There is a time to crow about good things. During the bad financial and economic news about the COVID-19 financial backlash, we want to cheer about this country’s number one rating in Africa for media freedom from Reporters without Borders (Rsf). As we move on from COVID into a new reality of how the world now works, we can look to the Rsf assessment and feel proud.
In their brief assessment note on their website (https://rsf.org/en/namibia) this country is given kudos mainly for the legal judgement against the national security agencies that wanted to silence a news report about their expenditures of state funds and the Fishrot expose. These are laudable achievements indeed.
Our view is that the current presidential administration holds more media events than in previous administrations. We believe that State House has events regularly and questions are able to be posed. there is no organized state harassment of journalists here as in other countries. This is to be applauded.
However, answers are not always responsive and when clarifications are pressed. Often, reporters are chided to ‘go away, don’t bother me with silly questions.’ Or, told to ‘respect elders’ or and sloughed off as miscreants for daring to question the rich and powerful.
Our reporters are often called unprofessional for asking a question that makes a decision-maker angry. We constantly struggle with the reality that if we ask a hard news question that angers a newsmaker, we will likely never get access to them again. And yet, if we softball questions to get more access, are we really reporting the news freely as is our constitutional role?
People in power still try hard to get the media to be their cheerleaders, dupes, sycophants and apologists. They like to feed out media releases and hand out selected information to get favourable stories. This particular tug-of-war is the nature of the beast and will never end.
Media is invited to all events and recognized in the protocol greetings. But, at times there is an atmosphere that the media is a necessary nuisance not a constitutional role-player in a democracy.
It is annoying, though sometimes amusing when those who are photographed or recorded or we have documents signed by them, and yet, they tell a reporter, “I don’t know what you are talking about.” The fall-back position of many officials being interviewed when they cannot control the reporter, is double-talk, denial or feigning ignorance, even when caught out. Nevertheless, we do have access, more or less to most decision-makers and that is good for Namibia.
While concerns remain that state-owned media cannot be independent and has more access than private media, the story does get out eventually to all media houses.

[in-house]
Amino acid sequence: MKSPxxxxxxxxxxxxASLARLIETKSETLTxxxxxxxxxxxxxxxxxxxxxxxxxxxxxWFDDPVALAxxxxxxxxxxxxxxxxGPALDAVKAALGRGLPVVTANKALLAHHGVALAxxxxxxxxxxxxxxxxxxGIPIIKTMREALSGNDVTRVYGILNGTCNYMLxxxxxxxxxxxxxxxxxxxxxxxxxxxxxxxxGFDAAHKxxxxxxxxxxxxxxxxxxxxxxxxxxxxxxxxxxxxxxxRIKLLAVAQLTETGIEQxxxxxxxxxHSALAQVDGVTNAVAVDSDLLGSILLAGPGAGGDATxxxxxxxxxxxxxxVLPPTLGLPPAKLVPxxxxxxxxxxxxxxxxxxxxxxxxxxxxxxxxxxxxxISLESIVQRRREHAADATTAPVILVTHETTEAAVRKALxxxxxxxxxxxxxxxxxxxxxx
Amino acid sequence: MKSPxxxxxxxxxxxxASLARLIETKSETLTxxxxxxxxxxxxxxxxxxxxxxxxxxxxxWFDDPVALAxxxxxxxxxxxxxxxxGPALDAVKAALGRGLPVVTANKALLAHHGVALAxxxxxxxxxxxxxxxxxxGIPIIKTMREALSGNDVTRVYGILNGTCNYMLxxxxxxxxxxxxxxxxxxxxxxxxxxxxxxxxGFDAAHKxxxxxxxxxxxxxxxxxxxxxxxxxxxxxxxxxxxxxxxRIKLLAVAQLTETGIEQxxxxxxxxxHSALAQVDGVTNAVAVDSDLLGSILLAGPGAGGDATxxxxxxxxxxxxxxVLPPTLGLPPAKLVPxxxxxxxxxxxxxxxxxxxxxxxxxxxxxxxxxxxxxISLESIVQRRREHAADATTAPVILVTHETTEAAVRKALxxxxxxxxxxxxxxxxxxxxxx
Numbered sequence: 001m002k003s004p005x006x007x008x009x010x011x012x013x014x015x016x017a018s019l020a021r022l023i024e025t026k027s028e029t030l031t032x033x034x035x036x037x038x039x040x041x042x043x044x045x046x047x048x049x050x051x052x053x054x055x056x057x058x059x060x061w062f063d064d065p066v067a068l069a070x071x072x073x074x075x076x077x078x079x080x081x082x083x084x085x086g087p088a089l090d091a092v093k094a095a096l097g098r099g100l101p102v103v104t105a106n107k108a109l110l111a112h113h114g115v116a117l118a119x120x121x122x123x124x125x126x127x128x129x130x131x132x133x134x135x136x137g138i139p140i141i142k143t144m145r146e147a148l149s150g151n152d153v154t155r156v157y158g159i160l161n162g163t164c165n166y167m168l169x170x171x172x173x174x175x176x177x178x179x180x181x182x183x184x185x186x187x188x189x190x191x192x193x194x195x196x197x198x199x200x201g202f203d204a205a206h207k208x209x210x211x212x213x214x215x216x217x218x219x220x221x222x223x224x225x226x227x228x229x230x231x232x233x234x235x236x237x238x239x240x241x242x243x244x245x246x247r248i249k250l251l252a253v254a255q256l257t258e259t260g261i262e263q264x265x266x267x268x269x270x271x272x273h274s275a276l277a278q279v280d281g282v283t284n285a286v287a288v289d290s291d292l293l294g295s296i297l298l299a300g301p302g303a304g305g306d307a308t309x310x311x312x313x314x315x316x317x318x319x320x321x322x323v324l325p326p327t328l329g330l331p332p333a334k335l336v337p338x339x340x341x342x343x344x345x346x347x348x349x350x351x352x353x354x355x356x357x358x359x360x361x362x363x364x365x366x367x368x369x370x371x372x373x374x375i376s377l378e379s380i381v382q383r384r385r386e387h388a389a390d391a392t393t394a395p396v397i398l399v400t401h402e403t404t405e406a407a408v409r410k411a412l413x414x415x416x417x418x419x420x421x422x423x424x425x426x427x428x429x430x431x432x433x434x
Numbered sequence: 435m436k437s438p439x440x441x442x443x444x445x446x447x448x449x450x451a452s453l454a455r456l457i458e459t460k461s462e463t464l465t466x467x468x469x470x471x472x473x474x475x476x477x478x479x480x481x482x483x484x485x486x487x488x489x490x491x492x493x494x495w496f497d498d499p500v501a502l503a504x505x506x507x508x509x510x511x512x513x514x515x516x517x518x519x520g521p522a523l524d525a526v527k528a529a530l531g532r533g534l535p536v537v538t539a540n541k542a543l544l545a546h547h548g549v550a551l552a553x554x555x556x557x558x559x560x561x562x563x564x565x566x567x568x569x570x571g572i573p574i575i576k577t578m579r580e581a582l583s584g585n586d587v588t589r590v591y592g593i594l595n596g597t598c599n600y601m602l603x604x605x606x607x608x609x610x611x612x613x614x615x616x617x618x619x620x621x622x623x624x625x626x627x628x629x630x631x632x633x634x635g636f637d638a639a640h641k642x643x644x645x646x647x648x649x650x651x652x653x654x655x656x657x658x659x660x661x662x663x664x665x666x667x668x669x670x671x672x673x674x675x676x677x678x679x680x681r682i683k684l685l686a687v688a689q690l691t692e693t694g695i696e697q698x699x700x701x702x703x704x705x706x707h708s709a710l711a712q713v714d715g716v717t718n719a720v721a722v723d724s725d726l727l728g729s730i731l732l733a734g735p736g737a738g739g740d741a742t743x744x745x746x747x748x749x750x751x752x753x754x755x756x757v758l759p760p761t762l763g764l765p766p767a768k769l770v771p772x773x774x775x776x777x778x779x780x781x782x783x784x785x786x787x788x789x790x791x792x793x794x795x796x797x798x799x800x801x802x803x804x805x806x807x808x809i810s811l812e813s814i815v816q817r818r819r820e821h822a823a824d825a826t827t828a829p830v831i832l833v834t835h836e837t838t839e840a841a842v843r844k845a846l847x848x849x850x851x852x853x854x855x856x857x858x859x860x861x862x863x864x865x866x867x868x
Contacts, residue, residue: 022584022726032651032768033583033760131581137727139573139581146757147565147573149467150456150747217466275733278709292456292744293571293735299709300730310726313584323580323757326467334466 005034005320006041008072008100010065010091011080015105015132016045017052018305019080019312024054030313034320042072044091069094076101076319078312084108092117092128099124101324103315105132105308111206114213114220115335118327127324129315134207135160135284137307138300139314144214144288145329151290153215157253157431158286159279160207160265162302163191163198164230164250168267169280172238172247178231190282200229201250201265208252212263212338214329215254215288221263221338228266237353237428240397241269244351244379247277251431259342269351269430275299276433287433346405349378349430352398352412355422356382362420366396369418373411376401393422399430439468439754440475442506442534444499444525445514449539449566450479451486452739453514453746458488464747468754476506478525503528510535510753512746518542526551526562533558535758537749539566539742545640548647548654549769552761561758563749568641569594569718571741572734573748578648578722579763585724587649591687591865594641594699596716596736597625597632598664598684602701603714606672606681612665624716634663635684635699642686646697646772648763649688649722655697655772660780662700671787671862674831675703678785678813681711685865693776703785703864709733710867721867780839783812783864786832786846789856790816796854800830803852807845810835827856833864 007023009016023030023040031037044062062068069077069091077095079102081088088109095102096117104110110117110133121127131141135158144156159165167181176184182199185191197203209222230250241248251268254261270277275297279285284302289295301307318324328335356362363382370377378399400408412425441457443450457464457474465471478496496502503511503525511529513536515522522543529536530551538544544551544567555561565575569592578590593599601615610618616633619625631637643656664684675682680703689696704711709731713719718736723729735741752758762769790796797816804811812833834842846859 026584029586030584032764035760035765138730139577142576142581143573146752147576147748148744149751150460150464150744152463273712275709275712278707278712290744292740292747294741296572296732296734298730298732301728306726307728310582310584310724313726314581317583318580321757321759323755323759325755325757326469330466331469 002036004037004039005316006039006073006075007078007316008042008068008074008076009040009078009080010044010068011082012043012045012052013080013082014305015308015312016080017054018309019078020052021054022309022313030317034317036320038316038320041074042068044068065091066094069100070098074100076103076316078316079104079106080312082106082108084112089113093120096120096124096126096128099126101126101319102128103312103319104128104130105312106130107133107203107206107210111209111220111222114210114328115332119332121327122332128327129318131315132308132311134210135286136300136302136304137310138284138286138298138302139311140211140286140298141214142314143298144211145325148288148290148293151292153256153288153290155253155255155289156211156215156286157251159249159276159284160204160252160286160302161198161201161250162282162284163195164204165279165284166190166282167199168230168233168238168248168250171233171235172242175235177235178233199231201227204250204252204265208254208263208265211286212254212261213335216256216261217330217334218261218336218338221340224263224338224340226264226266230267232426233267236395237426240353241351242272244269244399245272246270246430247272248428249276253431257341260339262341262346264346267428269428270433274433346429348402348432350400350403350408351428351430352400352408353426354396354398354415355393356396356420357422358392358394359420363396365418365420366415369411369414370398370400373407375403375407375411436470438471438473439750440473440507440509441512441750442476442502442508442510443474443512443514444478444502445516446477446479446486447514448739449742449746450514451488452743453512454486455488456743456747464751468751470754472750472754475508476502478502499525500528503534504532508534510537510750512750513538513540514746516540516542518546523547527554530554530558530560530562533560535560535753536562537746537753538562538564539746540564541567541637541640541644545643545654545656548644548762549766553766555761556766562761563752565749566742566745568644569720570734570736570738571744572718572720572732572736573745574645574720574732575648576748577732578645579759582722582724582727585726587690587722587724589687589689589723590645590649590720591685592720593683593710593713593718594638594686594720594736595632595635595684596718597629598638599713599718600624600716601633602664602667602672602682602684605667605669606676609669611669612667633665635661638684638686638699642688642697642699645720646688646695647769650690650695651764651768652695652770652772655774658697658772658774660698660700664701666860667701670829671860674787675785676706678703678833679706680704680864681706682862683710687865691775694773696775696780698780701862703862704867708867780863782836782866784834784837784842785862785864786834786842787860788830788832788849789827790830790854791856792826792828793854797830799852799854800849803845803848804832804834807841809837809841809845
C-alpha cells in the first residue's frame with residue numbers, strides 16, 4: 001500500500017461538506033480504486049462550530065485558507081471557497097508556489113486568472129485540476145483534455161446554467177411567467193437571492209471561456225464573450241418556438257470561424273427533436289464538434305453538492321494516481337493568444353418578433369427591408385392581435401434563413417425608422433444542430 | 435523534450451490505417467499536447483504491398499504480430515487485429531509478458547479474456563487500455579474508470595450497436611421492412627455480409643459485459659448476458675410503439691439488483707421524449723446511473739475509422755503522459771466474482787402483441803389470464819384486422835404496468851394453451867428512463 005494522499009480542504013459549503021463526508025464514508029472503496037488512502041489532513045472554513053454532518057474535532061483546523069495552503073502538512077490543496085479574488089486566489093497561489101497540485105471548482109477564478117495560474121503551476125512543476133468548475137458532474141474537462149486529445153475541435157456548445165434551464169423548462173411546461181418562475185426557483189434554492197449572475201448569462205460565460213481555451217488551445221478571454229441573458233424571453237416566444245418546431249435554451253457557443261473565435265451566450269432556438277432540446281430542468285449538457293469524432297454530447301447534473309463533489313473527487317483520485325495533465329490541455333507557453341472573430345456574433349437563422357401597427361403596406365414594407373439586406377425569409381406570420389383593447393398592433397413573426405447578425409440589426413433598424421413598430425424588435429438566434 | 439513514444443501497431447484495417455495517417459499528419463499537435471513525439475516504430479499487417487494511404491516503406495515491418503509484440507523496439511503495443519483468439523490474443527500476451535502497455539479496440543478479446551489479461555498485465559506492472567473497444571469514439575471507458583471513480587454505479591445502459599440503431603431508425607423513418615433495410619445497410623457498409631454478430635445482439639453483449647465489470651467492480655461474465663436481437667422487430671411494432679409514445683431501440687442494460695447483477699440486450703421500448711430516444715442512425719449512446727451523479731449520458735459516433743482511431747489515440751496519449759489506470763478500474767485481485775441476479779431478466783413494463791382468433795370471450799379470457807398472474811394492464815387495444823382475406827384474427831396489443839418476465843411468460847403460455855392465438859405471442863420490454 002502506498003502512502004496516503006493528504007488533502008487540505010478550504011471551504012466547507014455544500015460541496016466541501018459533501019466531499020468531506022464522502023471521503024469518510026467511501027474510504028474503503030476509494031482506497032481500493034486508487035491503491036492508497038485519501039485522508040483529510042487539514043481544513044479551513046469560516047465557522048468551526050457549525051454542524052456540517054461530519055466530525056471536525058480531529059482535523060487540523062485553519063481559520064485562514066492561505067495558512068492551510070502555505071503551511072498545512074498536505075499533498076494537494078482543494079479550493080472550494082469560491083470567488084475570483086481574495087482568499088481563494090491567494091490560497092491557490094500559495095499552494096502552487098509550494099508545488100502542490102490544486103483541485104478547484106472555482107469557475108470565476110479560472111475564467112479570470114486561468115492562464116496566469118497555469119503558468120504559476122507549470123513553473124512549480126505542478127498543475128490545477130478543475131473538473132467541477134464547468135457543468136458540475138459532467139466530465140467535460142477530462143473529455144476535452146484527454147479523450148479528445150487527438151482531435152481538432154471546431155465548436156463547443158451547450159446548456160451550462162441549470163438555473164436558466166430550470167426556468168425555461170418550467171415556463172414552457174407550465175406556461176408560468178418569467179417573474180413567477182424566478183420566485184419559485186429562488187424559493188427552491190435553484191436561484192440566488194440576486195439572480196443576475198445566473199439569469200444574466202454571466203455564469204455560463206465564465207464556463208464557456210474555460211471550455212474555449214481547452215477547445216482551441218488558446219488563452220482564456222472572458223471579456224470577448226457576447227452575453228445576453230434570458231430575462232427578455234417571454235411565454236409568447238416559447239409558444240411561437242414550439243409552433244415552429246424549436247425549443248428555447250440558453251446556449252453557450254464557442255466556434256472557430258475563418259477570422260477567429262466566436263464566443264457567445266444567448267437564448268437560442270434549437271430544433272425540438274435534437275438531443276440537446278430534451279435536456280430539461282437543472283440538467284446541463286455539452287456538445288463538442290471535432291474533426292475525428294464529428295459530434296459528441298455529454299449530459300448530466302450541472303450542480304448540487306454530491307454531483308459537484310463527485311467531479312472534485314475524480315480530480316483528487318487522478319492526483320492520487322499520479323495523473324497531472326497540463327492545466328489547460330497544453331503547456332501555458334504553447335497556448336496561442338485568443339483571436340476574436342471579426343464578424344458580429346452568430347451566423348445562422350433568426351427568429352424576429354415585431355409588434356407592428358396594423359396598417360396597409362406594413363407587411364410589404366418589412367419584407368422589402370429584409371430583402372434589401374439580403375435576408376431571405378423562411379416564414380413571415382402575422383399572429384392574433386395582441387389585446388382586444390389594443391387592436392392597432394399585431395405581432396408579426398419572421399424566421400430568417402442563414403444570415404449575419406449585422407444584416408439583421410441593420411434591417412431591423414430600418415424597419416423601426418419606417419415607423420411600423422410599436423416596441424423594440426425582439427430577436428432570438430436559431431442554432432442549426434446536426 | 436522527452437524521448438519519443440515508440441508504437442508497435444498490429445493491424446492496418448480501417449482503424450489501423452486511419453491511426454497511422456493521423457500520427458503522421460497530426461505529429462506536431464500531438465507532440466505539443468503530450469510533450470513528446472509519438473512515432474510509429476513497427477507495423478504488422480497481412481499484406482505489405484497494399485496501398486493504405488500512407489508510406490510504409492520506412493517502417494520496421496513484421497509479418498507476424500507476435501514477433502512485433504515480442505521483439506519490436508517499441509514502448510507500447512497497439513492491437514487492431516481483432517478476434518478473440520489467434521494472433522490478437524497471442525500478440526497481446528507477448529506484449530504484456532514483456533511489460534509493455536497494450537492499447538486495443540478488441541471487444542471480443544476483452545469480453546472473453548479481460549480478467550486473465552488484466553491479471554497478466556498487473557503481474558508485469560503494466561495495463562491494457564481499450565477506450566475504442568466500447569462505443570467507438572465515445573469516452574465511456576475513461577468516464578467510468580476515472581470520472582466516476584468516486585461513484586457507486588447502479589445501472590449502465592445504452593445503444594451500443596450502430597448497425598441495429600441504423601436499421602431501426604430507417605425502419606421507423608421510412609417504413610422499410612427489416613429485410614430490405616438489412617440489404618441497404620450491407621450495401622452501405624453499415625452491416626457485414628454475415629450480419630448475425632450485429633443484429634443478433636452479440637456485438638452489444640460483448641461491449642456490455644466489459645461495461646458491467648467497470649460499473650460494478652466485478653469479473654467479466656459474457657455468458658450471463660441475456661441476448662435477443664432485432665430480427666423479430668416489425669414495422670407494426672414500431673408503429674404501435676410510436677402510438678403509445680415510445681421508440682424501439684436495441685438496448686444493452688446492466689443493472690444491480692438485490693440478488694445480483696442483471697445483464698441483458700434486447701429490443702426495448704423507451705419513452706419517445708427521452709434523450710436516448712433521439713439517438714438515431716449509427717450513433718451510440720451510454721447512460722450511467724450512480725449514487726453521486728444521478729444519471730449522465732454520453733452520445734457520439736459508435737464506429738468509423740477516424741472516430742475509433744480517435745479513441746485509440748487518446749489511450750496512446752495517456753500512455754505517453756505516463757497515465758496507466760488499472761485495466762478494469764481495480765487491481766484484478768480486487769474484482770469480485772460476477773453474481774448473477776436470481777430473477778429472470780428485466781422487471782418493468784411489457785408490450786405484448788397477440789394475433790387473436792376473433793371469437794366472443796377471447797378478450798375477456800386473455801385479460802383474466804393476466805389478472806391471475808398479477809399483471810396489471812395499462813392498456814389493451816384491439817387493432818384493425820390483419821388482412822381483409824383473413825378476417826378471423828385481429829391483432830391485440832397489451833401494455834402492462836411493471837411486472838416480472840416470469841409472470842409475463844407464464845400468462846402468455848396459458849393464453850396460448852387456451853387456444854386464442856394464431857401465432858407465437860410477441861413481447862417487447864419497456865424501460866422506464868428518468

Admittedly, many times, we in the media working on rushed deadlines and do not get in touch with decision-makers in good time for considered responses (particularly if others must be consulted before public reactions are given out). Their inability to meet our schedules sometimes, clash with our expectations. This is an annoyance on both sides and is a work in progress to be sure.
President Hage Geingob often repeats his admonitions to ministers to be available to the media. He urges them to take calls, do interviews and answer questions during public Q&A sessions. His ministers do not always comply. In fact a few ministers we could name, are quite hostile to the media and regularly slam down the phone or give vague, snide, or prevaricated answers.
Most times, it takes repeated letters, calls and impromptu visits to get interview appointments nailed down. We are still awaiting interview request responses from letters sent in 2019 with follow-ups yet to be answered.
Our colleagues in the media will repeat these same war stories.
Many officials are lazy about dealing with the media. They request written questions in advance that they can cherry-pick on what to answer. They offer no follow-up or challenges for vague and unresponsive replies. They much prefer written questions and written answers to looking a reporter in the eye and dialoguing about the subject at hand.
The media have allowed them to do this for far too long. It is reasonable to request questions in advance so that statistics and accurate answers can be prepared. However, panned and generic written responses is NOT an interview. Follow-up queries raised by the answers are appropriate. This can be better done in person than via email responses.
Still, other ministers and officials answer on point and promptly. They do this not only because the president has demanded responsiveness from serving Ministers, but because they believe transparency is necessary for democracy. This is encouraging. It is what makes our higher free media ranking well-deserved.
Indeed with the Editor’s Board, the Media Ombudsman and crack editorial teams in each media house working hard to police accuracy and ethics, in Namibia, we all get it right, more than we get it wrong.
Bravo to Namibia for the high media rating. But, we must not rest on our laurels. Something gained so well as this first-in-Africa rating, can be lost quickly.